Date of Award
Doctor of Philosophy (PhD)
Physics & Astronomy
We present a catalog of 2D, PSF-corrected de Vacouleurs, Sersic, de Vacouleurs + Exponential, and Sersic + Exponential fits of ~7 Ã? 10^5 spectroscopically selected galaxies drawn from the Sloan Digital Sky Survey (SDSS) Data Release 7. Fits are performed for the SDSS r-band utilizing the fitting routine Galfit and analysis pipeline PyMorph. Simulations are used to test the two-dimensional decompositions of SDSS galaxies. We compare these fits to prior catalogs and present a physically motivated flagging system which suggests that more than 90 per cent of two-component fits can be used for analysis. The catalogs provide a robust set of structural and photometric parameters for future galaxy studies. The catalog is then extended into the g-band and i-band. The data and fitted images are
available online at http://shalaowai.physics.upenn.edu/~ameert/fit_catalog/.
Two applications of the catalog are presented. The sensitivity to the choice of light profile and its affect on the massive end of the stellar mass function is quantified. The total stellar mass density at z ~ 0.1 is about 1.2 times larger than in previous analysis of the SDSS using the new catalog. The differences are most pronounced at the massive end, where the measured number density of objects having M_star greater than or equal to 6 Ã? 10^11 M_sun is approximately five times larger. The systematics of fitting different model profiles on the size-luminosity relation of galaxies in the SDSS (i.e. at z ~ 0.1) are also quantified in the r-band. The net effect on the R-L relation is small, except for the most luminous tail. Neither the early- nor the late-type relations are pure power laws: both show significant curvature, which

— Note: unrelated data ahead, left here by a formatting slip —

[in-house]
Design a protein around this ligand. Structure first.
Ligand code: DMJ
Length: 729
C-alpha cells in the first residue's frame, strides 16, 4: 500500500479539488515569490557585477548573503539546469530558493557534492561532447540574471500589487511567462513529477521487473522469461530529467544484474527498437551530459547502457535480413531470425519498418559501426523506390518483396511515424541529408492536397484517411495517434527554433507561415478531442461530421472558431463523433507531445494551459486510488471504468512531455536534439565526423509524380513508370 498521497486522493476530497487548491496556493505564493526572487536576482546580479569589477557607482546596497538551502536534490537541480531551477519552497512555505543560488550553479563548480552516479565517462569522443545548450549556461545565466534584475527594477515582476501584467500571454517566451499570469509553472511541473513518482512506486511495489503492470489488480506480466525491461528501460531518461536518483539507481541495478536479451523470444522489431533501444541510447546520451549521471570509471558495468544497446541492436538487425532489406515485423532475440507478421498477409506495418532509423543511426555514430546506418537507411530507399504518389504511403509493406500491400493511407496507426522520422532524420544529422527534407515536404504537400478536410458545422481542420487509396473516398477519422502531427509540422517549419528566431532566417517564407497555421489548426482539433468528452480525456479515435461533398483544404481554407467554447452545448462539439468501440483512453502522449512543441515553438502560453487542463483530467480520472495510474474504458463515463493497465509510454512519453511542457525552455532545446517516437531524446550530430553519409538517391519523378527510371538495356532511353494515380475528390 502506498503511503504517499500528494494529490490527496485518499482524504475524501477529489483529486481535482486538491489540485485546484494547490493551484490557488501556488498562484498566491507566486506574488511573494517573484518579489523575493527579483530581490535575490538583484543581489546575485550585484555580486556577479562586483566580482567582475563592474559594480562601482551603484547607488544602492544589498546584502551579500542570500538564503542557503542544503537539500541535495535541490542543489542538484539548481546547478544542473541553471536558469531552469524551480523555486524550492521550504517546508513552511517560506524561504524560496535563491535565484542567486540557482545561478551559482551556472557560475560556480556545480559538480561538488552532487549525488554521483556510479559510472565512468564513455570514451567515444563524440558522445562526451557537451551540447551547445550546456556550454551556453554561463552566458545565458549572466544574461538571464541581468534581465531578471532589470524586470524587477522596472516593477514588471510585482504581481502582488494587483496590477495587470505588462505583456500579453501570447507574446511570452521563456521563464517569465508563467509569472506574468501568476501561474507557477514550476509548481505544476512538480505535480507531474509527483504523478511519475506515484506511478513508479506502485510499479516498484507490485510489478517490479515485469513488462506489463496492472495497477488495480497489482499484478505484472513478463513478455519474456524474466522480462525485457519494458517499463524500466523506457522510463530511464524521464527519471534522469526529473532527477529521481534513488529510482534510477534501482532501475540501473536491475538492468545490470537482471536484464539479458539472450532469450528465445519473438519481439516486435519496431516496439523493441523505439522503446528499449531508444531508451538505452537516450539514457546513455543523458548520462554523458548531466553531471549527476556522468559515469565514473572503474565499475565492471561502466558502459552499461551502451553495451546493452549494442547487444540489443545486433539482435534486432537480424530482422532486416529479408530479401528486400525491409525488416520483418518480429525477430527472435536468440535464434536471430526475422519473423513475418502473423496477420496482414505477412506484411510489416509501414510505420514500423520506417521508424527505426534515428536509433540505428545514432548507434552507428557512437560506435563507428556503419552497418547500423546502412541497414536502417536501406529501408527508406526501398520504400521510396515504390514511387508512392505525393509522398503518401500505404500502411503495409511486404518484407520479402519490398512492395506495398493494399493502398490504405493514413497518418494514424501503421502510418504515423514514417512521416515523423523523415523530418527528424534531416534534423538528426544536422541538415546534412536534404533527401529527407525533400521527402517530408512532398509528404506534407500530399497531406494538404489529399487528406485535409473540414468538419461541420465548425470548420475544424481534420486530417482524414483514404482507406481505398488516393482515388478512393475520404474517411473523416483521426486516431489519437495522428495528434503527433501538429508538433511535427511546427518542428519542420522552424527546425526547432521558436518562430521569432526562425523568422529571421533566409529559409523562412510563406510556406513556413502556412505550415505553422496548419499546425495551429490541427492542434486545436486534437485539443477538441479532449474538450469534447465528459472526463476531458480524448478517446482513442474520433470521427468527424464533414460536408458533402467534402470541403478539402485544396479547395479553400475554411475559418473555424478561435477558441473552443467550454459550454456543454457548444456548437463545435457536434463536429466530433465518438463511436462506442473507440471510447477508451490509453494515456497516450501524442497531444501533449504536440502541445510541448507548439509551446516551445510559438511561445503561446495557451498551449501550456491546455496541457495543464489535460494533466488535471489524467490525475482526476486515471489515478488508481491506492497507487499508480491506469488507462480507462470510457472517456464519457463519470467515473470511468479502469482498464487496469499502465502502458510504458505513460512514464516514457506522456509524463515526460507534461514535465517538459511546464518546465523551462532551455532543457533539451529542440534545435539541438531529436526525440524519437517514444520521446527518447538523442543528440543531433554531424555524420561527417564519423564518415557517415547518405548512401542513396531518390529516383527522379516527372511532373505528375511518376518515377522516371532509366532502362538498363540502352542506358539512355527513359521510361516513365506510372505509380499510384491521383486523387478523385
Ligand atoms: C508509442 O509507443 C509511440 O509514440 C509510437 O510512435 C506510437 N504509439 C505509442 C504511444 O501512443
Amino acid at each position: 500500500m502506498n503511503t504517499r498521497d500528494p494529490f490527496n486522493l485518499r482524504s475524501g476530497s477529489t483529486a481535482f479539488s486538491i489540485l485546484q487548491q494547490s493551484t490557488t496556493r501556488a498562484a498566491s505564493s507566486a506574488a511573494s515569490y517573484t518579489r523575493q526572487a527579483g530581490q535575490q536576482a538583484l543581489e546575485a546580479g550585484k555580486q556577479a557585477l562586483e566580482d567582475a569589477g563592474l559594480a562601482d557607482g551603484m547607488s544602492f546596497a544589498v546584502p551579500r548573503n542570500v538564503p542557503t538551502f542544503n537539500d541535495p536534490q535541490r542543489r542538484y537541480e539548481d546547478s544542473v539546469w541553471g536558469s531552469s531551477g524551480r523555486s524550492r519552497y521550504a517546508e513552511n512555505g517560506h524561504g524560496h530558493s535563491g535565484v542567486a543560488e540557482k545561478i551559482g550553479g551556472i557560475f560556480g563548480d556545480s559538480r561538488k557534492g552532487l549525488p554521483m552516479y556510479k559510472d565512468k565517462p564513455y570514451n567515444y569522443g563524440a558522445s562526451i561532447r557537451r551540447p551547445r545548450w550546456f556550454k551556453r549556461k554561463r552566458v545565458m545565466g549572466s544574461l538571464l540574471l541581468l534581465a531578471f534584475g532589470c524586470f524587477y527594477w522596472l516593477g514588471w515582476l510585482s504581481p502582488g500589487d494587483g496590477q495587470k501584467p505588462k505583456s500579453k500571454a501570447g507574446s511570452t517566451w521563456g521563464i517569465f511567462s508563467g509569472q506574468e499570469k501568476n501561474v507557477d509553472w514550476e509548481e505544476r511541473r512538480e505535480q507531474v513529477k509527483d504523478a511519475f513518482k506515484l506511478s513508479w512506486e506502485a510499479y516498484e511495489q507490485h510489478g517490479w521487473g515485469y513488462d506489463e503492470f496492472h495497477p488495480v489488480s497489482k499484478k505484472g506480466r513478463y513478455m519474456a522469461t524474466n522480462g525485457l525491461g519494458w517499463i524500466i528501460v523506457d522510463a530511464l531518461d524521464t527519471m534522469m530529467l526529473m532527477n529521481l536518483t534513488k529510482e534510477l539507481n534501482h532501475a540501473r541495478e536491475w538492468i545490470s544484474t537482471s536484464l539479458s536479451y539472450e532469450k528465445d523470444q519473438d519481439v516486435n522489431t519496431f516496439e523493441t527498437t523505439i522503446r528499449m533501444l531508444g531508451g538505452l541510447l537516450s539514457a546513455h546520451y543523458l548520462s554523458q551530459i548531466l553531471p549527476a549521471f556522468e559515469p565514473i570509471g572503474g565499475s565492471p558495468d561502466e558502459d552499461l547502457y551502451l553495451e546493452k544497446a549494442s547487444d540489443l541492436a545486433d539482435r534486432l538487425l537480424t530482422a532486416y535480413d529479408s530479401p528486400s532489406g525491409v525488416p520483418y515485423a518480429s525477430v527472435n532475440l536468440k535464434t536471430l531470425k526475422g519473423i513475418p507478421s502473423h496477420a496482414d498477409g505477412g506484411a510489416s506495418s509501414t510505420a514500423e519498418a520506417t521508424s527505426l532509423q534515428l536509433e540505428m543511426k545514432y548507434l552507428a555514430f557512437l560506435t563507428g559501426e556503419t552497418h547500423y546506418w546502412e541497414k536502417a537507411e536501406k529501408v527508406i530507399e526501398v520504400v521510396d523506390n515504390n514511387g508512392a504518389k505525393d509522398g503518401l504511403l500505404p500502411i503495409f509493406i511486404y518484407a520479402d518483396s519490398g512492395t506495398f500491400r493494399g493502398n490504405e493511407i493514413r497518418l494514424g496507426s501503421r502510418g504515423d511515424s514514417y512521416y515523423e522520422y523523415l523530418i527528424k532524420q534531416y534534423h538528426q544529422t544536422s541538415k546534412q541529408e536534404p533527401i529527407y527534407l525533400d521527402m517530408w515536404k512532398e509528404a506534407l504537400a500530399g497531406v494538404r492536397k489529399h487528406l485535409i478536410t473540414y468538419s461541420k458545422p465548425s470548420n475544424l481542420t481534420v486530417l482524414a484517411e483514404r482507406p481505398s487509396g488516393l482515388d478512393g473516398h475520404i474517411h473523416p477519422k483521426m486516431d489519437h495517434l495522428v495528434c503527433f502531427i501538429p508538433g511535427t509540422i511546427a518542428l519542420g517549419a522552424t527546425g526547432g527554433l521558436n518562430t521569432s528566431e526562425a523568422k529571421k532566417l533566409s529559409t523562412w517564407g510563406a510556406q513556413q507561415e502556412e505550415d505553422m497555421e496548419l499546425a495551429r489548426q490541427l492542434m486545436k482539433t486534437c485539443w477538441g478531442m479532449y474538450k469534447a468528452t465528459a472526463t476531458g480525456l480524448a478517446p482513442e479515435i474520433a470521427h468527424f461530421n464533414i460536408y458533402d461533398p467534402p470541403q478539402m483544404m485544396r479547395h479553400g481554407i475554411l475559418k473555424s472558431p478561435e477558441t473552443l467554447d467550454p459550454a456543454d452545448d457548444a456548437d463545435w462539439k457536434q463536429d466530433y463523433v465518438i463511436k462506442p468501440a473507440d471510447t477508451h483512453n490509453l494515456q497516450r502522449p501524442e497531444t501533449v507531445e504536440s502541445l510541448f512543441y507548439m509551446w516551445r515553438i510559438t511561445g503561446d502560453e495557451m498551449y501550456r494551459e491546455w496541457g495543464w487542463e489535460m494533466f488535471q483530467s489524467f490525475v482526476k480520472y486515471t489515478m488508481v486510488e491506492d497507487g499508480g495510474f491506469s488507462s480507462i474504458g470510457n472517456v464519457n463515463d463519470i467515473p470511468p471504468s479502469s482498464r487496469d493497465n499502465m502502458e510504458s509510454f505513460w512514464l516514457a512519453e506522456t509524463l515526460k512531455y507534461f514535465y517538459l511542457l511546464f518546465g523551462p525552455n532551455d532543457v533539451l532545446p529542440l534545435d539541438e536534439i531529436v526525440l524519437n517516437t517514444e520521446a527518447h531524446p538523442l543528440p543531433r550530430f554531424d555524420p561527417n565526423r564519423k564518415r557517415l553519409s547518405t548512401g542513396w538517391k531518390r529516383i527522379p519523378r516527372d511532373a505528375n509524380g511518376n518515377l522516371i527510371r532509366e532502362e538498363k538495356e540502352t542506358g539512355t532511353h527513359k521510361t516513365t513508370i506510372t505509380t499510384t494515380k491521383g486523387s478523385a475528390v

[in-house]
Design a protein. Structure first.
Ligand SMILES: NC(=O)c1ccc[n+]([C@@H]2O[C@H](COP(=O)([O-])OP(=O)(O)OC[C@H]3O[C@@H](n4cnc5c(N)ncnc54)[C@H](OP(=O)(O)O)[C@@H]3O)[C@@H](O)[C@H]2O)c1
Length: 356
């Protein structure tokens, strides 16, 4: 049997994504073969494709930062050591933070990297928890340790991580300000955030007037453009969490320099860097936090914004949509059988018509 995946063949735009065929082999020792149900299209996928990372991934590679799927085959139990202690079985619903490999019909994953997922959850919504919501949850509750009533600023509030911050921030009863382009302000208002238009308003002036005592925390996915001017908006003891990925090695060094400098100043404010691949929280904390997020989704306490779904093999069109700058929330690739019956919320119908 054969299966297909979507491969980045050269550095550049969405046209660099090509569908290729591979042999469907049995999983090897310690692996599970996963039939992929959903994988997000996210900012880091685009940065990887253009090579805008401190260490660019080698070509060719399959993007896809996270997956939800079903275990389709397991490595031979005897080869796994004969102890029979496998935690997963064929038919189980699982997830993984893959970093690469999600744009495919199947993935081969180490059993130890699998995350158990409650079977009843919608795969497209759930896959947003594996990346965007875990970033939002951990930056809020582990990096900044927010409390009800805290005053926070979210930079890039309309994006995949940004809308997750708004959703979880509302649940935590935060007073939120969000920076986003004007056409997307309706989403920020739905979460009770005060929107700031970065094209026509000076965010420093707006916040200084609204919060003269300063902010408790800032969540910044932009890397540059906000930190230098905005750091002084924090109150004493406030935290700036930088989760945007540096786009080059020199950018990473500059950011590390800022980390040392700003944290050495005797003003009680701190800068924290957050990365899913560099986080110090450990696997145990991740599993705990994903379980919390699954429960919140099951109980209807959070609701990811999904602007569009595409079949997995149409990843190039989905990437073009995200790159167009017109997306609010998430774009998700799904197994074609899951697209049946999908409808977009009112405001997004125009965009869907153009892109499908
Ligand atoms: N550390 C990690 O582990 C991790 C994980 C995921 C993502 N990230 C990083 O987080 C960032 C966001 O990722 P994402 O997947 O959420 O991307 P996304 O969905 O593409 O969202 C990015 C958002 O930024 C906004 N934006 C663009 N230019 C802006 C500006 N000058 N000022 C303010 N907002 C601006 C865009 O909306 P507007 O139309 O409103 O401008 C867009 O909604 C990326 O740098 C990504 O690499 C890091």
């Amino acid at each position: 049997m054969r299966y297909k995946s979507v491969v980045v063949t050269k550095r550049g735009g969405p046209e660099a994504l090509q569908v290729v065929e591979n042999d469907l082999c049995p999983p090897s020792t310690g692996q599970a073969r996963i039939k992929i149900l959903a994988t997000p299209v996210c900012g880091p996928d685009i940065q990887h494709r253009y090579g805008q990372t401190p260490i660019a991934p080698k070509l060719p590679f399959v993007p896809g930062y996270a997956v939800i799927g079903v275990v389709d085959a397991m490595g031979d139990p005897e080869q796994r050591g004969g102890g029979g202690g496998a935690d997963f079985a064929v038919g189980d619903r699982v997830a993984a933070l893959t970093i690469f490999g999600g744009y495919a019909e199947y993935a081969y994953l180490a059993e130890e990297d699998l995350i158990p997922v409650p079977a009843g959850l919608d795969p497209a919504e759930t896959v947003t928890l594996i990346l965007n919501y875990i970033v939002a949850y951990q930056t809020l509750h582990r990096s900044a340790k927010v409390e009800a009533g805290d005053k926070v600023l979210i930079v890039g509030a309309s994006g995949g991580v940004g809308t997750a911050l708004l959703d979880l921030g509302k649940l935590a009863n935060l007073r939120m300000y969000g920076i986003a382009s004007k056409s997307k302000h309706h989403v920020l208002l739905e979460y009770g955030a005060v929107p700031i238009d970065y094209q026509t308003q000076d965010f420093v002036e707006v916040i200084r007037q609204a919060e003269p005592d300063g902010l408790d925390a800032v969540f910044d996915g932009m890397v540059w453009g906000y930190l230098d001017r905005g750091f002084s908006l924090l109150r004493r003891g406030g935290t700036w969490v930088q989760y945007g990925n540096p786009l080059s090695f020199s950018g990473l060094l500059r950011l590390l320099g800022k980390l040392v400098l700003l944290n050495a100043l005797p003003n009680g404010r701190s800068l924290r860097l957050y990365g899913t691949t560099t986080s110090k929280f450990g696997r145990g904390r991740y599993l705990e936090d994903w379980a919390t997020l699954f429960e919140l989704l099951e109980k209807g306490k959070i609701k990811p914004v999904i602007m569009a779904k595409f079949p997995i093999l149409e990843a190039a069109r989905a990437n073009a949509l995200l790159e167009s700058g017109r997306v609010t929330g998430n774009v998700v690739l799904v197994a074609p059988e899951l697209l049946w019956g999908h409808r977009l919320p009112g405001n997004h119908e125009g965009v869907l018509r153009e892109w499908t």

we quantify. This curvature confirms that two mass scales are special for both early- and late-type galaxies: M_star ~ 3 Ã? 10^10 and 2 Ã? 10^11 M_sun. The intrinsic scatter in the R-L relation is shown to decrease at large L and/or M_star and should provide additional constraints on models of how the most massive galaxies formed.
Future work applying the analysis to DES and LSST galaxies at higher redshifts is
suggested to further constrain models of galaxy formation and evolution at higher redshifts.
Meert, Alan, "Bulges and Disks in the Nearby Universe: Applications to Evolution and Formation of Galaxies" (2015). Publicly Accessible Penn Dissertations. 1095.